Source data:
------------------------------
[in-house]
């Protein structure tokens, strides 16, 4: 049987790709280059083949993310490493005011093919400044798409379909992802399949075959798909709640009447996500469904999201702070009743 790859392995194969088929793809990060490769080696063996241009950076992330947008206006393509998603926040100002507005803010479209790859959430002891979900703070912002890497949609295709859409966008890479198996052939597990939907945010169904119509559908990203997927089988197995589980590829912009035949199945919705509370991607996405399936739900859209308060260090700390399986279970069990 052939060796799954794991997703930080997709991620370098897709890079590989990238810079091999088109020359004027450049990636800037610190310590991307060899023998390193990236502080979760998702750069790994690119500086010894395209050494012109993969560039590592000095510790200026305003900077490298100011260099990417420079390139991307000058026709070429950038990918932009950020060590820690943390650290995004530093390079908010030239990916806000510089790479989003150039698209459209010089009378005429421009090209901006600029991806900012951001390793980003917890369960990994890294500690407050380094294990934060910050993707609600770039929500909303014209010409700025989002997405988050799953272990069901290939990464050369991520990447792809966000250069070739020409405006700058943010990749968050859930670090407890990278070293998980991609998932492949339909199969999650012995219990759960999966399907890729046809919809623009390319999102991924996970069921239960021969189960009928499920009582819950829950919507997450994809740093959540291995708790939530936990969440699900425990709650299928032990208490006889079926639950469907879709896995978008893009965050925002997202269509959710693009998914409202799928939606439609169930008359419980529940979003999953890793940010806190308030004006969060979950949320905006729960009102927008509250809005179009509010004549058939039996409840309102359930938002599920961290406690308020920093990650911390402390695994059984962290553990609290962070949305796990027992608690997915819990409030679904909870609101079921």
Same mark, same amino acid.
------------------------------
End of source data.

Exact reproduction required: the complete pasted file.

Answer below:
[in-house]
């Protein structure tokens, strides 16, 4: 049987790709280059083949993310490493005011093919400044798409379909992802399949075959798909709640009447996500469904999201702070009743 790859392995194969088929793809990060490769080696063996241009950076992330947008206006393509998603926040100002507005803010479209790859959430002891979900703070912002890497949609295709859409966008890479198996052939597990939907945010169904119509559908990203997927089988197995589980590829912009035949199945919705509370991607996405399936739900859209308060260090700390399986279970069990 052939060796799954794991997703930080997709991620370098897709890079590989990238810079091999088109020359004027450049990636800037610190310590991307060899023998390193990236502080979760998702750069790994690119500086010894395209050494012109993969560039590592000095510790200026305003900077490298100011260099990417420079390139991307000058026709070429950038990918932009950020060590820690943390650290995004530093390079908010030239990916806000510089790479989003150039698209459209010089009378005429421009090209901006600029991806900012951001390793980003917890369960990994890294500690407050380094294990934060910050993707609600770039929500909303014209010409700025989002997405988050799953272990069901290939990464050369991520990447792809966000250069070739020409405006700058943010990749968050859930670090407890990278070293998980991609998932492949339909199969999650012995219990759960999966399907890729046809919809623009390319999102991924996970069921239960021969189960009928499920009582819950829950919507997450994809740093959540291995708790939530936990969440699900425990709650299928032990208490006889079926639950469907879709896995978008893009965050925002997202269509959710693009998914409202799928939606439609169930008359419980529940979003999953890793940010806190308030004006969060979950949320905006729960009102927008509250809005179009509010004549058939039996409840309102359930938002599920961290406690308020920093990650911390402390695994059984962290553990609290962070949305796990027992608690997915819990409030679904909870609101079921």
Same mark, same amino acid.